I spent most of May finishing a project a year in the making: a package on teen suicide prevention co-written with Alexis Cortes at the News-Democrat. Alexis and I started working on this story before I was transferred to a different team, so it didn’t really have to take a year, but it kept getting postponed during the reorganization.
It was one of the most difficult projects I’ve ever worked on, and one that made me quite nervous. I’ve written about sensitive subjects many times – a series on domestic violence, an in-depth look at shaken baby syndrome, unlicensed day care centers, LGBT rights pre-Obergefell, racist harassment, etc. All of these subjects required careful, deft handling of both sources and subject matter.
But none of them had the blatant warning sign: If you do this wrong, people will die.
Suicide contagion is a real thing and we shouldn’t scoff at it, particularly in the news business. Several reliable studies show that completed suicides rose by 10 percent in the weeks following Robin Williams’ suicide, which was widely covered in the press. Talking about suicide doesn’t make a mentally healthy person commit suicide. But something about reading about suicide or watching depictions of suicide in entertainment has a tendency to tip a person on the edge over into an attempt.
I told Alexis several times during our efforts to report on teen suicide that I’d rather we did it in a boring way or not at all than do it wrong and have suicide attempts on our hands. Both of us took extreme care in the reporting of the piece, and we were backed up all the way by our editing and audiovisual team.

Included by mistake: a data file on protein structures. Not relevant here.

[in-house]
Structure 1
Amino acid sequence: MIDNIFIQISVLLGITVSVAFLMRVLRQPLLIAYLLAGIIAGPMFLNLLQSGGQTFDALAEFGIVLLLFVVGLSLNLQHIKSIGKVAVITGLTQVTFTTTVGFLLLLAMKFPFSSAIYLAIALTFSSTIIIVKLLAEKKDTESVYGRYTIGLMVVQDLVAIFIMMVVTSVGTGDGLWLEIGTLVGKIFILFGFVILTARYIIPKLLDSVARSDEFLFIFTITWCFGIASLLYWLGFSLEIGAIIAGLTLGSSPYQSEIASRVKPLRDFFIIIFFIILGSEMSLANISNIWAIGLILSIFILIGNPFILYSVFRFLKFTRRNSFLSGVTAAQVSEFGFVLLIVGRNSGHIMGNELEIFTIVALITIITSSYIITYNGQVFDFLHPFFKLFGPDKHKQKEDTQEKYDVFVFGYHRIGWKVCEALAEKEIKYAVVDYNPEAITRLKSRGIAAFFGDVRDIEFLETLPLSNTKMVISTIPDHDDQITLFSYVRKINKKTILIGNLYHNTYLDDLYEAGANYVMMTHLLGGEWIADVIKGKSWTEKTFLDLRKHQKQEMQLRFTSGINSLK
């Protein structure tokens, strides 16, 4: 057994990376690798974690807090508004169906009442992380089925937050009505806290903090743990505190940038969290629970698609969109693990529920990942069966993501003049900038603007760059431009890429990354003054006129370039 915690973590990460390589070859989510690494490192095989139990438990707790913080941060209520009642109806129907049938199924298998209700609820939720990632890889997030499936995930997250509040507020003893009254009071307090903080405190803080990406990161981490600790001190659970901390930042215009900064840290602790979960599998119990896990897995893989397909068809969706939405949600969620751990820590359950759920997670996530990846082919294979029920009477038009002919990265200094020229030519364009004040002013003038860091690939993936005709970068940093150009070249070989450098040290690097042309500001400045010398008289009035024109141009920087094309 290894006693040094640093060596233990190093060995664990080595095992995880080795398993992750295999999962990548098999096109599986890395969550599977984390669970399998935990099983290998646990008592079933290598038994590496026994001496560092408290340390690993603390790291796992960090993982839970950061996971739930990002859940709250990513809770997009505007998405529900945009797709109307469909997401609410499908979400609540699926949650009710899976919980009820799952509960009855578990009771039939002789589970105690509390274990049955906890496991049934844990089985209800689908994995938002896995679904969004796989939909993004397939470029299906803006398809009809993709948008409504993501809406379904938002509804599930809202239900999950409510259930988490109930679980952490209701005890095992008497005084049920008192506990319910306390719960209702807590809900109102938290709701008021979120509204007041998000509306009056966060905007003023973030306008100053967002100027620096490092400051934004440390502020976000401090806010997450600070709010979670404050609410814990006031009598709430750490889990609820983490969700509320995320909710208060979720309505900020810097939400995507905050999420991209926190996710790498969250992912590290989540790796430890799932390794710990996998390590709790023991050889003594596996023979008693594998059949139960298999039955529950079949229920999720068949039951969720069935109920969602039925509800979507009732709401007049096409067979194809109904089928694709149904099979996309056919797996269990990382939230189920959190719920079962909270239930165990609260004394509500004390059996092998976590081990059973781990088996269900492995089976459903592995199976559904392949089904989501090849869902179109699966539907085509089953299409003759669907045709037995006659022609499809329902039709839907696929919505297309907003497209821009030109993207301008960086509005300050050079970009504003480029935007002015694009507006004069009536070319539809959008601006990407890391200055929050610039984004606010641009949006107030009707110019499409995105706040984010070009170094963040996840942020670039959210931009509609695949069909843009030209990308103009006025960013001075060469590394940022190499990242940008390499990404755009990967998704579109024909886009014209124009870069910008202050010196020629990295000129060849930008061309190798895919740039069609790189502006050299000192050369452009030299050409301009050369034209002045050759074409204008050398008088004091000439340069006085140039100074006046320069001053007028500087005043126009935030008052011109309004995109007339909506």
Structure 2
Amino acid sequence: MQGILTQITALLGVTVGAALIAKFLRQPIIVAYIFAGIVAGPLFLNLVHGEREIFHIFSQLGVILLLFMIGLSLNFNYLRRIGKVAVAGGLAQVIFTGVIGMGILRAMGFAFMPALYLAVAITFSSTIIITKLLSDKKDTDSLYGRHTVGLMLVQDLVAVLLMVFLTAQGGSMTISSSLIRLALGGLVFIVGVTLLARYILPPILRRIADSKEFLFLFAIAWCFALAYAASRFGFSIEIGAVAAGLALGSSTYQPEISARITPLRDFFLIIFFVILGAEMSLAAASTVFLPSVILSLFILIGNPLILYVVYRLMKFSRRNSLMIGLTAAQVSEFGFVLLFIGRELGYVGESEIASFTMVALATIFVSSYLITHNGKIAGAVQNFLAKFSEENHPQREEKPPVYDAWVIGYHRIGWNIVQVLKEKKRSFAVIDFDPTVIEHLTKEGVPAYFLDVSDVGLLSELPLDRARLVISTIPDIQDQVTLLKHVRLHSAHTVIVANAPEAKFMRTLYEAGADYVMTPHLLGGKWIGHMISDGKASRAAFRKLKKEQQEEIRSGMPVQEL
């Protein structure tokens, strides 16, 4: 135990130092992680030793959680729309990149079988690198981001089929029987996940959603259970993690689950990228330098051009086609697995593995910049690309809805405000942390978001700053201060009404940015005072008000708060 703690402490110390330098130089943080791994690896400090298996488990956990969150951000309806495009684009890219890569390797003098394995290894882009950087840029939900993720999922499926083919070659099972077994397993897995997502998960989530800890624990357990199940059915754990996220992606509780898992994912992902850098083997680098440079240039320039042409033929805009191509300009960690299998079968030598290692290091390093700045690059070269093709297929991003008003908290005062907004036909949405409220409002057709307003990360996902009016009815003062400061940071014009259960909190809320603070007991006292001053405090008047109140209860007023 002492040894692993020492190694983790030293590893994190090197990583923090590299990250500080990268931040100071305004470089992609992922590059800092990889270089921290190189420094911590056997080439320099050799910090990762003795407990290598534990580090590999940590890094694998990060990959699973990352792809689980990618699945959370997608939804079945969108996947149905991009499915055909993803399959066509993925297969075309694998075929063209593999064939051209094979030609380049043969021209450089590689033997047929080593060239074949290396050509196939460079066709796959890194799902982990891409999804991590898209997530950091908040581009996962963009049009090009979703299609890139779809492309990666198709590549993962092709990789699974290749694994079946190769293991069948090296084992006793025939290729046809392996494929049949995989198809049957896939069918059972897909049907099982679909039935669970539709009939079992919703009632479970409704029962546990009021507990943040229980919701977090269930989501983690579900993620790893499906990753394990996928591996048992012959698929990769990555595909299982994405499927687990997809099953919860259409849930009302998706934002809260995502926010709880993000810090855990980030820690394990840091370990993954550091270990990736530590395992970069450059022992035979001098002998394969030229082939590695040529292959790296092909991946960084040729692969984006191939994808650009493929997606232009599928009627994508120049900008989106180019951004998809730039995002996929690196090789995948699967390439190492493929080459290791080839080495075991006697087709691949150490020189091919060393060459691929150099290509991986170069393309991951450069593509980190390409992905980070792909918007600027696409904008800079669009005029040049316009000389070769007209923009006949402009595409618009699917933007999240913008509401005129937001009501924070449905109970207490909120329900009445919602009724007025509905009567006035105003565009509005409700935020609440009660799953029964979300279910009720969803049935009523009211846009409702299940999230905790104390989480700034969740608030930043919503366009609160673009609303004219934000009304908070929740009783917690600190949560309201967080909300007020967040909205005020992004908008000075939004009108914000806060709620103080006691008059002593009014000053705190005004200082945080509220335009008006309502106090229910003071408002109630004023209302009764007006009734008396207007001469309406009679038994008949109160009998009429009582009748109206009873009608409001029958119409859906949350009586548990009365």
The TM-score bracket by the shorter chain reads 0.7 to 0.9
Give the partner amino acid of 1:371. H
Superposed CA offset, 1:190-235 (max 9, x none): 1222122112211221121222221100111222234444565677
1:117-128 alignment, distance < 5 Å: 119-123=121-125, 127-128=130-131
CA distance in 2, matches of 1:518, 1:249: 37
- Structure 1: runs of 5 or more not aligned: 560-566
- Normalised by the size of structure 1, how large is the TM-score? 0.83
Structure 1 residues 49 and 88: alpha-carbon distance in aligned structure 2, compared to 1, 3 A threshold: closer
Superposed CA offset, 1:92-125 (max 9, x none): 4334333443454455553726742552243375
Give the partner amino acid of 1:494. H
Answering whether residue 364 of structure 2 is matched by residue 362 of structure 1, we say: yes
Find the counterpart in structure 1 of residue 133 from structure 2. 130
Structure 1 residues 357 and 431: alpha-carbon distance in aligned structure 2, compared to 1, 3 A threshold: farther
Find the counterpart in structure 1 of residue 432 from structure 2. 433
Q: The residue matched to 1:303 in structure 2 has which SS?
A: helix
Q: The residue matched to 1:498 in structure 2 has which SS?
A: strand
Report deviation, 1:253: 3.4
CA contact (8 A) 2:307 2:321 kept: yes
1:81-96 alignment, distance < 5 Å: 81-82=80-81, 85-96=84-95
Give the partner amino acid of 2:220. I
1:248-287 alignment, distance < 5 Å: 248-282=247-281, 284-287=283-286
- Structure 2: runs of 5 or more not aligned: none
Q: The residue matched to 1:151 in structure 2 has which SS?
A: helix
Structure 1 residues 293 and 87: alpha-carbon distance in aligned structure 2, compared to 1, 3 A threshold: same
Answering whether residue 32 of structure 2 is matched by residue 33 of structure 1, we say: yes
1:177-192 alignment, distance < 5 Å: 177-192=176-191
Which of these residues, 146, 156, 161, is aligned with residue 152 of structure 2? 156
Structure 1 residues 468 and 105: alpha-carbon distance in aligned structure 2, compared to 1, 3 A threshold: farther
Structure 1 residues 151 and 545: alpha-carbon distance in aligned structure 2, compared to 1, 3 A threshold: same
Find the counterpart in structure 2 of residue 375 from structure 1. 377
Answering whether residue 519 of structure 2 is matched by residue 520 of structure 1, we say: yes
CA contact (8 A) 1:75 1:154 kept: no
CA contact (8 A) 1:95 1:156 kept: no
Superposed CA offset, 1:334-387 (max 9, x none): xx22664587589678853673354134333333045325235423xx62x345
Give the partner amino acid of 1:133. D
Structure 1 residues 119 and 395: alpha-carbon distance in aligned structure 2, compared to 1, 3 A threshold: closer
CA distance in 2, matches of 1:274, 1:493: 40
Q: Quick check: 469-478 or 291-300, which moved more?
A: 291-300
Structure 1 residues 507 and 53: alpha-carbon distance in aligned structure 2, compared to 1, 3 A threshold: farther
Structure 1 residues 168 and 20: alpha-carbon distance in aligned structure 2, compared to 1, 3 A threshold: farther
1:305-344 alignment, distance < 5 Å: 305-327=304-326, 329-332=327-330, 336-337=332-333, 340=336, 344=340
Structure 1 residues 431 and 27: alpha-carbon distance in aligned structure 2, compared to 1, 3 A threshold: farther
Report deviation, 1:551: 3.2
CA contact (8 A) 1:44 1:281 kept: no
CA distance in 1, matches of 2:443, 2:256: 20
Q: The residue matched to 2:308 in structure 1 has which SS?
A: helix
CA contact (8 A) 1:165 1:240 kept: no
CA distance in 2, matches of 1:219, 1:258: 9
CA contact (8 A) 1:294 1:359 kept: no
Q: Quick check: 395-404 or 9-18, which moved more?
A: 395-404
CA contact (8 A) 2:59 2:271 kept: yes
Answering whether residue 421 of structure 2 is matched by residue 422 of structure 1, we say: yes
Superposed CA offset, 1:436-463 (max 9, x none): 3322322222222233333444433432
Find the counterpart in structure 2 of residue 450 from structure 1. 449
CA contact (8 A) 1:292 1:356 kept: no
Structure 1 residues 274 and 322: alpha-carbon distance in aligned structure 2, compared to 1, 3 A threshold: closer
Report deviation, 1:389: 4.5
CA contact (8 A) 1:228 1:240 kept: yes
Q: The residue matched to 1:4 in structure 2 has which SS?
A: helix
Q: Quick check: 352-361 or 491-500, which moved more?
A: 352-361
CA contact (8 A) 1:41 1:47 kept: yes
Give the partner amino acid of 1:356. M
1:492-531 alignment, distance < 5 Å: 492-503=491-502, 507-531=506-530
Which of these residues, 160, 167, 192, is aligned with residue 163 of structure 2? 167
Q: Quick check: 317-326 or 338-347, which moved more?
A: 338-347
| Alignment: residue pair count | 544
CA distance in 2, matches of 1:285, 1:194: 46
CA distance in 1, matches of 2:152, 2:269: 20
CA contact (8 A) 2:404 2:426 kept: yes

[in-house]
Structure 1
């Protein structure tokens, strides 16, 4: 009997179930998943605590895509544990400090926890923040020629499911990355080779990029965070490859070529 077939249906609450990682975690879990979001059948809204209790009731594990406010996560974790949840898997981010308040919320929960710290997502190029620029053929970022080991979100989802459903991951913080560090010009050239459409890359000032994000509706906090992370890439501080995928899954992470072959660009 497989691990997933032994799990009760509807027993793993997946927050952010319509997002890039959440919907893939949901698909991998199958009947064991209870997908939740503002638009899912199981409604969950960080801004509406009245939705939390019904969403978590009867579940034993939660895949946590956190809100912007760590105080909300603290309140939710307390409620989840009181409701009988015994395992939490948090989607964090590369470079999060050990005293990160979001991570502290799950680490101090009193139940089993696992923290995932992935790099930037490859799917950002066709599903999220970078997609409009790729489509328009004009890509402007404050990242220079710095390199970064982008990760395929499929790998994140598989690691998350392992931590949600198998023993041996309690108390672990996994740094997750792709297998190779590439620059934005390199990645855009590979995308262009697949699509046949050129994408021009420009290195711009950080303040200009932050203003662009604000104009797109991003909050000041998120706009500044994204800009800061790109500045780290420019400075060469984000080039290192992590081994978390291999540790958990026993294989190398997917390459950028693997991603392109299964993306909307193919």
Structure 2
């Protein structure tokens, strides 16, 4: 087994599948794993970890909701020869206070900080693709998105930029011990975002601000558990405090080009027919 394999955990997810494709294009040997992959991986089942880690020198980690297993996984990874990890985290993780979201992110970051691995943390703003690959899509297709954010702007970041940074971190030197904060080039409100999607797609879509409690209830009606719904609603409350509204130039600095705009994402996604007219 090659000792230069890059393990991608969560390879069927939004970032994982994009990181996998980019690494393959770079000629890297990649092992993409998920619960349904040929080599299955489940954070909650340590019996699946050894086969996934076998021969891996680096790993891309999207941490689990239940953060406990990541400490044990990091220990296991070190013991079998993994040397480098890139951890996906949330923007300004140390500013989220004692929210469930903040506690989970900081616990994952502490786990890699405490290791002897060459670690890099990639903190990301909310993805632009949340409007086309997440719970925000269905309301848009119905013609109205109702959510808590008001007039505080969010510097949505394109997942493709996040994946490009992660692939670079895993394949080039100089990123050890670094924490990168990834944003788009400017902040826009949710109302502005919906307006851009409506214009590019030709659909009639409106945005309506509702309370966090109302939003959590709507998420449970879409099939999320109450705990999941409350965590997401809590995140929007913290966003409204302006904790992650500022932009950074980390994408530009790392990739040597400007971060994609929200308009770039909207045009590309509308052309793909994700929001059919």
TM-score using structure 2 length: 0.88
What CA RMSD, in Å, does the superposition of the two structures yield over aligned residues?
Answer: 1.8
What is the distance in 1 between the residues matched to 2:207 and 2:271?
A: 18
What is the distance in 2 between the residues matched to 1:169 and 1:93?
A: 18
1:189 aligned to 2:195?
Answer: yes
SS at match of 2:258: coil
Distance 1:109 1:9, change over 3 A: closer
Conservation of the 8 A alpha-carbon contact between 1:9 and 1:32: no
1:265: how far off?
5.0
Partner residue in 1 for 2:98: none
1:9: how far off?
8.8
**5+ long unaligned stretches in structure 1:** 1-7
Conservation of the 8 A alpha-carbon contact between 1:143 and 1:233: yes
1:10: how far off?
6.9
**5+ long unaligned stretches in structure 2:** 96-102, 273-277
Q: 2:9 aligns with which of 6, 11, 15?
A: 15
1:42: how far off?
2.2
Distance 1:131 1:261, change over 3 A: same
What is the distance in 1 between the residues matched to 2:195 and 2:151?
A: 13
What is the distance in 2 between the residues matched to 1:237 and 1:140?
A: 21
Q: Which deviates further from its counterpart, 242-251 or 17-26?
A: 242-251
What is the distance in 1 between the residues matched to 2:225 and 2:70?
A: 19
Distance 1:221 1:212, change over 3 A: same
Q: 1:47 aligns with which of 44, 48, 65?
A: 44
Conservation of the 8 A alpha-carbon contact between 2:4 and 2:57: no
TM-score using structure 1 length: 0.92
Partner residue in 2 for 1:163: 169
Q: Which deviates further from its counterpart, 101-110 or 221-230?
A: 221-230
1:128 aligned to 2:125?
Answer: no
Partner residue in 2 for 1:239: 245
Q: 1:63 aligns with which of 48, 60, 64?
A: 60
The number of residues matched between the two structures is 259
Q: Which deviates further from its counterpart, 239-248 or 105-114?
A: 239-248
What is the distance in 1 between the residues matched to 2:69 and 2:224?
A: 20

Our first instinct, of course, was to focus on a family that had lost a teen to suicide and the impact it had on them. But I made a habit of asking every expert we interviewed one question at the end: “Do you have any suggestions for how we can approach this subject without doing more harm than good?”
And they all said, “Please don’t focus on a grieving family, or the memorials, the damage they leave behind.” Apparently that is one of the things that tends to kick off suicide contagion – along with graphic depictions of suicide methods, or words like “unsuccessful suicide attempt” as if suicide itself is a success. Or, as they told us, everything that 13 Reasons Why did in both seasons.
The show was part of the reason we looked at the issue, tracking the number of completed suicides in our region compared with state and national rates. With the guidance of counselors and experts, we focused instead on a young woman who survived, on ways schools are trying to cope with teen mental health, and on paths to heal and get better.
I’m proud of the work we did, and just as happy that we managed to do it ethically and responsibly. Would it have been a more compelling piece with a grieving family weeping into the camera and sad pictures of a grave? Perhaps. But it would not have been a responsible piece, and that’s more important than the hit count.
There are signs your teen may think about suicide. Here’s how you can get them help.
Teachers on the front line for teen mental health concerns
Parent Guide: Know the symptoms, and find them help
If you are in crisis, please call the National Suicide Prevention Lifeline at 1-800-273-8255.
Also published in May:
SIU board will not support campus split
Swastika vandalism suspect refuses to speak in court (Yes, that’s in reference to this incident.)
Scarlet Letters: Memorial Day, or look out, it’s another food post!
Watch this space Monday for a major announcement.